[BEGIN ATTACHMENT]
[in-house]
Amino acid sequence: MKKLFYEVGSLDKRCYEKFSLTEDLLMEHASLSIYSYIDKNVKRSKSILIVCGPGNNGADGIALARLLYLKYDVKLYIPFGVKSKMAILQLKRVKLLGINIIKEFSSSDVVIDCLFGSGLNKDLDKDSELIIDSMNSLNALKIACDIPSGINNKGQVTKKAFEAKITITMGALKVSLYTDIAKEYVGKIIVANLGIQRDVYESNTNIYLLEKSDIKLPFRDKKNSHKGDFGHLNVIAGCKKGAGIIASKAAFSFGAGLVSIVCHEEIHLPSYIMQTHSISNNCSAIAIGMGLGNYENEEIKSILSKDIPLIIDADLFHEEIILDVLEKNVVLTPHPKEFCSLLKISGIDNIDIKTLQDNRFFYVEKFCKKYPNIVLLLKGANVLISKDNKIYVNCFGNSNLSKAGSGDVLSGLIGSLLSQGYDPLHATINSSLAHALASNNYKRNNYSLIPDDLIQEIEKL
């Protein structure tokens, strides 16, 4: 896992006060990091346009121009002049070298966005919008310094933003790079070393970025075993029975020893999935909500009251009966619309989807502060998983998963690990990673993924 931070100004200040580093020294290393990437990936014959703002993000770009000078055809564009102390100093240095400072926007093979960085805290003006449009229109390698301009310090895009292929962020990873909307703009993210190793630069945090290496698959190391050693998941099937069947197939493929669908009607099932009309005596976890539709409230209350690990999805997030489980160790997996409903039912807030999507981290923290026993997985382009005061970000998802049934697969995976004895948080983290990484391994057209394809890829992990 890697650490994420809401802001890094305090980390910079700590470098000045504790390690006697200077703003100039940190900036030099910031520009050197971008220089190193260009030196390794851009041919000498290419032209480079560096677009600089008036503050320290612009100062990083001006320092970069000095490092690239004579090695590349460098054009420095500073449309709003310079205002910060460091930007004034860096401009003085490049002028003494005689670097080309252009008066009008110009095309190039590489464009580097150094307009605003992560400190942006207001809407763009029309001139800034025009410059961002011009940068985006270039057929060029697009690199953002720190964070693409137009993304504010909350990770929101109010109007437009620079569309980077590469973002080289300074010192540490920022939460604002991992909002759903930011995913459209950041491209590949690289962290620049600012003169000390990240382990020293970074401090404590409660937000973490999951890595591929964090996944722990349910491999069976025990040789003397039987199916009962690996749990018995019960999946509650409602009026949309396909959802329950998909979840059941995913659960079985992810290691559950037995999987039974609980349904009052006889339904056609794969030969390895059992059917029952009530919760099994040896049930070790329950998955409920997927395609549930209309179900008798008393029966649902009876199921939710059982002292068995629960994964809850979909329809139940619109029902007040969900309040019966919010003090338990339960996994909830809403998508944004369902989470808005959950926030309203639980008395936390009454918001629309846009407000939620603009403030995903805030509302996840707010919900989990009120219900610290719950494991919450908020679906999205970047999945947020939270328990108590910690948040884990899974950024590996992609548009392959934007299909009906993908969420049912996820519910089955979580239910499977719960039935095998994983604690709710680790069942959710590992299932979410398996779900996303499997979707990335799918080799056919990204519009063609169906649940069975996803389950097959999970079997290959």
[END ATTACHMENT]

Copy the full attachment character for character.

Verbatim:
[in-house]
Amino acid sequence: MKKLFYEVGSLDKRCYEKFSLTEDLLMEHASLSIYSYIDKNVKRSKSILIVCGPGNNGADGIALARLLYLKYDVKLYIPFGVKSKMAILQLKRVKLLGINIIKEFSSSDVVIDCLFGSGLNKDLDKDSELIIDSMNSLNALKIACDIPSGINNKGQVTKKAFEAKITITMGALKVSLYTDIAKEYVGKIIVANLGIQRDVYESNTNIYLLEKSDIKLPFRDKKNSHKGDFGHLNVIAGCKKGAGIIASKAAFSFGAGLVSIVCHEEIHLPSYIMQTHSISNNCSAIAIGMGLGNYENEEIKSILSKDIPLIIDADLFHEEIILDVLEKNVVLTPHPKEFCSLLKISGIDNIDIKTLQDNRFFYVEKFCKKYPNIVLLLKGANVLISKDNKIYVNCFGNSNLSKAGSGDVLSGLIGSLLSQGYDPLHATINSSLAHALASNNYKRNNYSLIPDDLIQEIEKL
């Protein structure tokens, strides 16, 4: 896992006060990091346009121009002049070298966005919008310094933003790079070393970025075993029975020893999935909500009251009966619309989807502060998983998963690990990673993924 931070100004200040580093020294290393990437990936014959703002993000770009000078055809564009102390100093240095400072926007093979960085805290003006449009229109390698301009310090895009292929962020990873909307703009993210190793630069945090290496698959190391050693998941099937069947197939493929669908009607099932009309005596976890539709409230209350690990999805997030489980160790997996409903039912807030999507981290923290026993997985382009005061970000998802049934697969995976004895948080983290990484391994057209394809890829992990 890697650490994420809401802001890094305090980390910079700590470098000045504790390690006697200077703003100039940190900036030099910031520009050197971008220089190193260009030196390794851009041919000498290419032209480079560096677009600089008036503050320290612009100062990083001006320092970069000095490092690239004579090695590349460098054009420095500073449309709003310079205002910060460091930007004034860096401009003085490049002028003494005689670097080309252009008066009008110009095309190039590489464009580097150094307009605003992560400190942006207001809407763009029309001139800034025009410059961002011009940068985006270039057929060029697009690199953002720190964070693409137009993304504010909350990770929101109010109007437009620079569309980077590469973002080289300074010192540490920022939460604002991992909002759903930011995913459209950041491209590949690289962290620049600012003169000390990240382990020293970074401090404590409660937000973490999951890595591929964090996944722990349910491999069976025990040789003397039987199916009962690996749990018995019960999946509650409602009026949309396909959802329950998909979840059941995913659960079985992810290691559950037995999987039974609980349904009052006889339904056609794969030969390895059992059917029952009530919760099994040896049930070790329950998955409920997927395609549930209309179900008798008393029966649902009876199921939710059982002292068995629960994964809850979909329809139940619109029902007040969900309040019966919010003090338990339960996994909830809403998508944004369902989470808005959950926030309203639980008395936390009454918001629309846009407000939620603009403030995903805030509302996840707010919900989990009120219900610290719950494991919450908020679906999205970047999945947020939270328990108590910690948040884990899974950024590996992609548009392959934007299909009906993908969420049912996820519910089955979580239910499977719960039935095998994983604690709710680790069942959710590992299932979410398996779900996303499997979707990335799918080799056919990204519009063609169906649940069975996803389950097959999970079997290959």